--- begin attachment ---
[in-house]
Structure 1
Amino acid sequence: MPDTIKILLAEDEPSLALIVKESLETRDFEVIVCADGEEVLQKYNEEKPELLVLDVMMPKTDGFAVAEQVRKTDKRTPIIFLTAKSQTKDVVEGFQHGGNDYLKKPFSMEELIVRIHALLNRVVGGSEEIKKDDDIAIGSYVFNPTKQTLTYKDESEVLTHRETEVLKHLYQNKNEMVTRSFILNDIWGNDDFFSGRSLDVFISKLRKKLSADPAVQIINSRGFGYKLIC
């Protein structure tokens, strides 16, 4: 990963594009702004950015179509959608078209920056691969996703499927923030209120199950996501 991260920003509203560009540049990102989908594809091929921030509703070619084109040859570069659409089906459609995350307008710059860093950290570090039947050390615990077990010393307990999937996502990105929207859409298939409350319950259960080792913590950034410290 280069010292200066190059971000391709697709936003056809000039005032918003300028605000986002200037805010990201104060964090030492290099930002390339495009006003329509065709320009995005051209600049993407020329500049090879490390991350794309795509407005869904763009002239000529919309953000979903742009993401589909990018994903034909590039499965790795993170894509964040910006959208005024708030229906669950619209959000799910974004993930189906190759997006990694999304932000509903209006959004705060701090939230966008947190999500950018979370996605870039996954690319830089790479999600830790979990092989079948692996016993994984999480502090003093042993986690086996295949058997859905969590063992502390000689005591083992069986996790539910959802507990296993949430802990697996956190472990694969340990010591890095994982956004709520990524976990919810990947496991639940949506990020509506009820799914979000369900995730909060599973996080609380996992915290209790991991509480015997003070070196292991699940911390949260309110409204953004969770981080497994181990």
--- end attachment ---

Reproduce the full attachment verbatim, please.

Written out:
[in-house]
Structure 1
Amino acid sequence: MPDTIKILLAEDEPSLALIVKESLETRDFEVIVCADGEEVLQKYNEEKPELLVLDVMMPKTDGFAVAEQVRKTDKRTPIIFLTAKSQTKDVVEGFQHGGNDYLKKPFSMEELIVRIHALLNRVVGGSEEIKKDDDIAIGSYVFNPTKQTLTYKDESEVLTHRETEVLKHLYQNKNEMVTRSFILNDIWGNDDFFSGRSLDVFISKLRKKLSADPAVQIINSRGFGYKLIC
């Protein structure tokens, strides 16, 4: 990963594009702004950015179509959608078209920056691969996703499927923030209120199950996501 991260920003509203560009540049990102989908594809091929921030509703070619084109040859570069659409089906459609995350307008710059860093950290570090039947050390615990077990010393307990999937996502990105929207859409298939409350319950259960080792913590950034410290 280069010292200066190059971000391709697709936003056809000039005032918003300028605000986002200037805010990201104060964090030492290099930002390339495009006003329509065709320009995005051209600049993407020329500049090879490390991350794309795509407005869904763009002239000529919309953000979903742009993401589909990018994903034909590039499965790795993170894509964040910006959208005024708030229906669950619209959000799910974004993930189906190759997006990694999304932000509903209006959004705060701090939230966008947190999500950018979370996605870039996954690319830089790479999600830790979990092989079948692996016993994984999480502090003093042993986690086996295949058997859905969590063992502390000689005591083992069986996790539910959802507990296993949430802990697996956190472990694969340990010591890095994982956004709520990524976990919810990947496991639940949506990020509506009820799914979000369900995730909060599973996080609380996992915290209790991991509480015997003070070196292991699940911390949260309110409204953004969770981080497994181990």